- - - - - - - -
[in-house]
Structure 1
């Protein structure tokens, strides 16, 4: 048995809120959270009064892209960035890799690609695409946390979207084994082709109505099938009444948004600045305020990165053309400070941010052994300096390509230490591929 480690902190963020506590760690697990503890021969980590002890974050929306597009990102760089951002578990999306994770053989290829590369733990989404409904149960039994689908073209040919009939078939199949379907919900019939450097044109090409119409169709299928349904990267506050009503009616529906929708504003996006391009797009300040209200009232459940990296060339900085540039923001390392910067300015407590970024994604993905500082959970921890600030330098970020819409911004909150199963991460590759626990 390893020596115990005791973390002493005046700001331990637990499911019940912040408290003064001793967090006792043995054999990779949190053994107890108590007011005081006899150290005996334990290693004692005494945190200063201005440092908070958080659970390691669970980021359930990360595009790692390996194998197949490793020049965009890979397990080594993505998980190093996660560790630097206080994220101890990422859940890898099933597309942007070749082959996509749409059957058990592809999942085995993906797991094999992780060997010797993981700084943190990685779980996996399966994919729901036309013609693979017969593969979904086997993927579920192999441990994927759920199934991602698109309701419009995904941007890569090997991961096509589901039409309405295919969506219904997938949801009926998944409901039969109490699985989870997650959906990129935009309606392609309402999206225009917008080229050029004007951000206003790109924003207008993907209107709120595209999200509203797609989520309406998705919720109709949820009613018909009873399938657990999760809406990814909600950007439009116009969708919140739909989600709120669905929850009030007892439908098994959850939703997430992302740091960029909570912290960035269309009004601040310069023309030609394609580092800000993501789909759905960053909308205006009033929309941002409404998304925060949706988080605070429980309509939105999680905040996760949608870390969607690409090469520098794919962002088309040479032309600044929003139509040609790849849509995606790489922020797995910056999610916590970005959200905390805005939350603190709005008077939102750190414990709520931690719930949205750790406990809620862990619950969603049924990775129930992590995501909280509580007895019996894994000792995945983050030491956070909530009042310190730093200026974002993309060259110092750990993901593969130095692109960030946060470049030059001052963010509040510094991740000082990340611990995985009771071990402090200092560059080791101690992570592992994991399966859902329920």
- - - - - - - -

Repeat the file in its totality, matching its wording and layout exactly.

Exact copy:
[in-house]
Structure 1
């Protein structure tokens, strides 16, 4: 048995809120959270009064892209960035890799690609695409946390979207084994082709109505099938009444948004600045305020990165053309400070941010052994300096390509230490591929 480690902190963020506590760690697990503890021969980590002890974050929306597009990102760089951002578990999306994770053989290829590369733990989404409904149960039994689908073209040919009939078939199949379907919900019939450097044109090409119409169709299928349904990267506050009503009616529906929708504003996006391009797009300040209200009232459940990296060339900085540039923001390392910067300015407590970024994604993905500082959970921890600030330098970020819409911004909150199963991460590759626990 390893020596115990005791973390002493005046700001331990637990499911019940912040408290003064001793967090006792043995054999990779949190053994107890108590007011005081006899150290005996334990290693004692005494945190200063201005440092908070958080659970390691669970980021359930990360595009790692390996194998197949490793020049965009890979397990080594993505998980190093996660560790630097206080994220101890990422859940890898099933597309942007070749082959996509749409059957058990592809999942085995993906797991094999992780060997010797993981700084943190990685779980996996399966994919729901036309013609693979017969593969979904086997993927579920192999441990994927759920199934991602698109309701419009995904941007890569090997991961096509589901039409309405295919969506219904997938949801009926998944409901039969109490699985989870997650959906990129935009309606392609309402999206225009917008080229050029004007951000206003790109924003207008993907209107709120595209999200509203797609989520309406998705919720109709949820009613018909009873399938657990999760809406990814909600950007439009116009969708919140739909989600709120669905929850009030007892439908098994959850939703997430992302740091960029909570912290960035269309009004601040310069023309030609394609580092800000993501789909759905960053909308205006009033929309941002409404998304925060949706988080605070429980309509939105999680905040996760949608870390969607690409090469520098794919962002088309040479032309600044929003139509040609790849849509995606790489922020797995910056999610916590970005959200905390805005939350603190709005008077939102750190414990709520931690719930949205750790406990809620862990619950969603049924990775129930992590995501909280509580007895019996894994000792995945983050030491956070909530009042310190730093200026974002993309060259110092750990993901593969130095692109960030946060470049030059001052963010509040510094991740000082990340611990995985009771071990402090200092560059080791101690992570592992994991399966859902329920």